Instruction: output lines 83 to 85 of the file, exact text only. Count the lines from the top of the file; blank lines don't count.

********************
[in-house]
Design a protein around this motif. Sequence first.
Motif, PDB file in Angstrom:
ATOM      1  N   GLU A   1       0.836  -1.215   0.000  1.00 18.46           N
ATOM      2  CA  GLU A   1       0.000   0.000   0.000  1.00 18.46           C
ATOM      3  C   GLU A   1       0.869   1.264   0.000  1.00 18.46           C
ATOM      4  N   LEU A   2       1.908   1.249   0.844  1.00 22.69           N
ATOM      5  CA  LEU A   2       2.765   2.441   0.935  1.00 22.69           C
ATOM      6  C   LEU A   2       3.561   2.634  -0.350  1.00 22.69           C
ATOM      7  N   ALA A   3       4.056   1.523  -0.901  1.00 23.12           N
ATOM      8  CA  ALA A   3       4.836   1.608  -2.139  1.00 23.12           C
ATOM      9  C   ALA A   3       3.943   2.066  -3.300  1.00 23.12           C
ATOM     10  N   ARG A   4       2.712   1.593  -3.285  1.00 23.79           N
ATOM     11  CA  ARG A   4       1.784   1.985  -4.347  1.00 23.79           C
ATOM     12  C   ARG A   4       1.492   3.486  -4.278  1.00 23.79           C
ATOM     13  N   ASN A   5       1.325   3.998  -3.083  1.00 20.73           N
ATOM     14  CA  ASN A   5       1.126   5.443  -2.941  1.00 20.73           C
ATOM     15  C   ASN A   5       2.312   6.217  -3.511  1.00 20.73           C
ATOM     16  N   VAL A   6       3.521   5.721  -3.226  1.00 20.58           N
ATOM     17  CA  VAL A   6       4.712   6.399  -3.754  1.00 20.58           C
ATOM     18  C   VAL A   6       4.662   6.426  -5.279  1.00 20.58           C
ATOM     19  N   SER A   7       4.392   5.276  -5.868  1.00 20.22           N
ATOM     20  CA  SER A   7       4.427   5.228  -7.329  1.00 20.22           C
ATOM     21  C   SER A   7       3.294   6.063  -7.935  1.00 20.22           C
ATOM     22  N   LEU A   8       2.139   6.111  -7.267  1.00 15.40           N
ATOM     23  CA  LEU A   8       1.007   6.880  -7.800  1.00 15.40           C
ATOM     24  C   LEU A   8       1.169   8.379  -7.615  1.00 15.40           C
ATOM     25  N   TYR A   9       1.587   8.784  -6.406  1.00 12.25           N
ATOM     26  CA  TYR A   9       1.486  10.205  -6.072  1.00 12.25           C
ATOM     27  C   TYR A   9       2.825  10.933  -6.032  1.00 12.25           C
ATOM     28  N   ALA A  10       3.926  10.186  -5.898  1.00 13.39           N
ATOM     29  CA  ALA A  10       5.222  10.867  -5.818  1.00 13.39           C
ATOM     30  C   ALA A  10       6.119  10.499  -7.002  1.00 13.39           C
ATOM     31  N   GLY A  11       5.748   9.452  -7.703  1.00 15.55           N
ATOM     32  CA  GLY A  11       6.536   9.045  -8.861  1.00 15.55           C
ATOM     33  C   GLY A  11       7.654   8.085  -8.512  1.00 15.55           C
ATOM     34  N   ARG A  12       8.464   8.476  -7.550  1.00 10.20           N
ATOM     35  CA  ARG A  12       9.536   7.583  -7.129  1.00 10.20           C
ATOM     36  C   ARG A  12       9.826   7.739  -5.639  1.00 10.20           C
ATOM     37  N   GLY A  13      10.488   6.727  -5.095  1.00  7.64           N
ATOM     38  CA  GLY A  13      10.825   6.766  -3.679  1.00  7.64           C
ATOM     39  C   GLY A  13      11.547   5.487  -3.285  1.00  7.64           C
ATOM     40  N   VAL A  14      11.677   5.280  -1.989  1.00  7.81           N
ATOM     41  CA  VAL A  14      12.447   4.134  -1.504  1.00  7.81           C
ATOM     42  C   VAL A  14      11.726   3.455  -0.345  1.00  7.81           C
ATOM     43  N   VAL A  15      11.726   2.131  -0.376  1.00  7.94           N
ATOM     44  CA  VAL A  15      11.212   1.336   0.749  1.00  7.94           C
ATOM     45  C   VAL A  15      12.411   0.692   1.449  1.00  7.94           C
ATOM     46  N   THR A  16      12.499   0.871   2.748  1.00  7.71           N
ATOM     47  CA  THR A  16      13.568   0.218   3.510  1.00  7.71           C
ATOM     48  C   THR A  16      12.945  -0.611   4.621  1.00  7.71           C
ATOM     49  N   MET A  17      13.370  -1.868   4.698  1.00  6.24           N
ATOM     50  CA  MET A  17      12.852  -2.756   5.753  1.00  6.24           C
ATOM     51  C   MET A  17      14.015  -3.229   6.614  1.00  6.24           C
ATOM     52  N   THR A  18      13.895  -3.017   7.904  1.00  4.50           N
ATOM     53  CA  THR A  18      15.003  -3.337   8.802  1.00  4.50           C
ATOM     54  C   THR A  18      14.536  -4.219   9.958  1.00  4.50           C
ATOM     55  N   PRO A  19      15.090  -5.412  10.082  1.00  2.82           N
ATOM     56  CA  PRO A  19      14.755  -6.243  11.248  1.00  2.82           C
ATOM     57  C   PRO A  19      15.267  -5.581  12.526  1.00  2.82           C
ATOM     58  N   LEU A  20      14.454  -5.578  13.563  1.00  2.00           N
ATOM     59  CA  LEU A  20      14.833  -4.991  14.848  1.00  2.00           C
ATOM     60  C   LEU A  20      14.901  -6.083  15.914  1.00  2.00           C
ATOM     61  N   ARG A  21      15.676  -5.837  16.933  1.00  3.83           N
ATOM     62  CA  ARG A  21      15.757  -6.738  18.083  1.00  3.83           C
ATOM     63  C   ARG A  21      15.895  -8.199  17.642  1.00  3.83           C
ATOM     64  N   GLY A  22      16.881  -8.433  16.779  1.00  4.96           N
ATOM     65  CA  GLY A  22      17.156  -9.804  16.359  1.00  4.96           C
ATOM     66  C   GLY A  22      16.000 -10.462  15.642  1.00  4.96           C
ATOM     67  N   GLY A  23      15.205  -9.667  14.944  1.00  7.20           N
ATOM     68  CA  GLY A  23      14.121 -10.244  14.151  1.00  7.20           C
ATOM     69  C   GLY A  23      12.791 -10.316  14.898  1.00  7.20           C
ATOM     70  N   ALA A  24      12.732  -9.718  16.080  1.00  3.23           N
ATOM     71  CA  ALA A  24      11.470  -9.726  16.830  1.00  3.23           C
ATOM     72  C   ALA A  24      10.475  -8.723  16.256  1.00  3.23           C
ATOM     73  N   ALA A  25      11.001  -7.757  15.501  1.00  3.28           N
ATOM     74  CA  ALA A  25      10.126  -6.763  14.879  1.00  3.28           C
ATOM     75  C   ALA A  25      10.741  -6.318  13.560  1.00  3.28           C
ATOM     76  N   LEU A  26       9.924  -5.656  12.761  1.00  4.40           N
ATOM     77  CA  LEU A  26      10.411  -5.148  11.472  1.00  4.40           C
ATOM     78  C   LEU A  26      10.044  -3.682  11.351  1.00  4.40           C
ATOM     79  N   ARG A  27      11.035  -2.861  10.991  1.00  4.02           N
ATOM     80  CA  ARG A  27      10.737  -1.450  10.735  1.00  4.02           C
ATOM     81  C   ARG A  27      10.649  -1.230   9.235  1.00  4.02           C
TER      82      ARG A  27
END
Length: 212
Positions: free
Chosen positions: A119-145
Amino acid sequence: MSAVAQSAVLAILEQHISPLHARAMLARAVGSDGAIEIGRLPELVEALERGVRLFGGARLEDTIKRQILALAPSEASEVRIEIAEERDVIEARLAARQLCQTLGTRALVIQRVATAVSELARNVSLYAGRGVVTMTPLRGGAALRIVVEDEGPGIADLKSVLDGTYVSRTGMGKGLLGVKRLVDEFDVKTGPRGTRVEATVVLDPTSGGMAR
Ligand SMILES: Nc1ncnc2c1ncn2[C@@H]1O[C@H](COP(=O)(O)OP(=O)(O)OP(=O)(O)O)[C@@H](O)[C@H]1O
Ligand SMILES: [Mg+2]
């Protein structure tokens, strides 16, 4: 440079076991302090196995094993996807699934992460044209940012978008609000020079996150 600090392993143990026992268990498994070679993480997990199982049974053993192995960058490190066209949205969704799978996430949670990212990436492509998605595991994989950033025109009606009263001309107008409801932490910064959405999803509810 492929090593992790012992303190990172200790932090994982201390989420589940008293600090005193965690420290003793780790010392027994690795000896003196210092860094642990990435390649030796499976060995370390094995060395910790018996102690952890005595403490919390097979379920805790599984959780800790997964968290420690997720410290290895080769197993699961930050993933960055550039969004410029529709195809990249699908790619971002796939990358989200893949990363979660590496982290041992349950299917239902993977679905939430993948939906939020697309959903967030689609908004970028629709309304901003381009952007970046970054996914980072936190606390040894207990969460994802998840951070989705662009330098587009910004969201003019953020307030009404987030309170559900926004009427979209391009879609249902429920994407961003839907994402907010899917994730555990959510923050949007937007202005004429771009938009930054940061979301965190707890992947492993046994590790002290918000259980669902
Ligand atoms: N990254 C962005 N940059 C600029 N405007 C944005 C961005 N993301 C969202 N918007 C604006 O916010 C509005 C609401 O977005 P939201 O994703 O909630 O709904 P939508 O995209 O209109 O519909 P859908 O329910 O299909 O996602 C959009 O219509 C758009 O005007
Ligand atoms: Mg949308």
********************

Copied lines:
ATOM     80  CA  ARG A  27      10.737  -1.450  10.735  1.00  4.02           C
ATOM     81  C   ARG A  27      10.649  -1.230   9.235  1.00  4.02           C
TER      82      ARG A  27